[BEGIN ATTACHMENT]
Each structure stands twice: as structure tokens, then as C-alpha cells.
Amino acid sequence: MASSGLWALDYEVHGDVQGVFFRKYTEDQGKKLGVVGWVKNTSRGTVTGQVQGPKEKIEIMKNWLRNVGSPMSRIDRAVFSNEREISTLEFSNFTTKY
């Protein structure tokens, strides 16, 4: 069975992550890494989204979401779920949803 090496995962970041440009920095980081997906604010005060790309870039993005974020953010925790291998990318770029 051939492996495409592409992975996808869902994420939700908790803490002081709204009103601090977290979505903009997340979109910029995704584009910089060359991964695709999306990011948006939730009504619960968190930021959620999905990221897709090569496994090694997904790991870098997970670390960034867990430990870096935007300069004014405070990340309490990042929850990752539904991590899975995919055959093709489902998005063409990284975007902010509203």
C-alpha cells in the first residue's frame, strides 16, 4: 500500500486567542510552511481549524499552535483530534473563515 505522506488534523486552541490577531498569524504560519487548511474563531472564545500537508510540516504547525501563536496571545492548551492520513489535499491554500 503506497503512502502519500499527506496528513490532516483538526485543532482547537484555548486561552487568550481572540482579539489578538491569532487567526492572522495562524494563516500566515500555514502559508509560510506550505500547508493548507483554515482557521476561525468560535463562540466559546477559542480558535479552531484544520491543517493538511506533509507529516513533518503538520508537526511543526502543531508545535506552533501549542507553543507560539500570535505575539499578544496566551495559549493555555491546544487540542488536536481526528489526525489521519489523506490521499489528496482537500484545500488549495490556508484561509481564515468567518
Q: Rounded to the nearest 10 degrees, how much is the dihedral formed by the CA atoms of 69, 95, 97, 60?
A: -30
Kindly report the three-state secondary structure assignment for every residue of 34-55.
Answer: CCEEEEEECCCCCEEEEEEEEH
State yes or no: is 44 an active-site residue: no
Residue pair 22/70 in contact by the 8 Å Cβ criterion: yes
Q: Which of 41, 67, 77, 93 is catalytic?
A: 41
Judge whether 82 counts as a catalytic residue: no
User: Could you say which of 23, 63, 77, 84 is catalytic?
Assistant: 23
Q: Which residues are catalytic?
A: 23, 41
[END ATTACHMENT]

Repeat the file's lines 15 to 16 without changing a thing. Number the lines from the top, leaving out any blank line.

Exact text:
Assistant: 23
Q: Which residues are catalytic?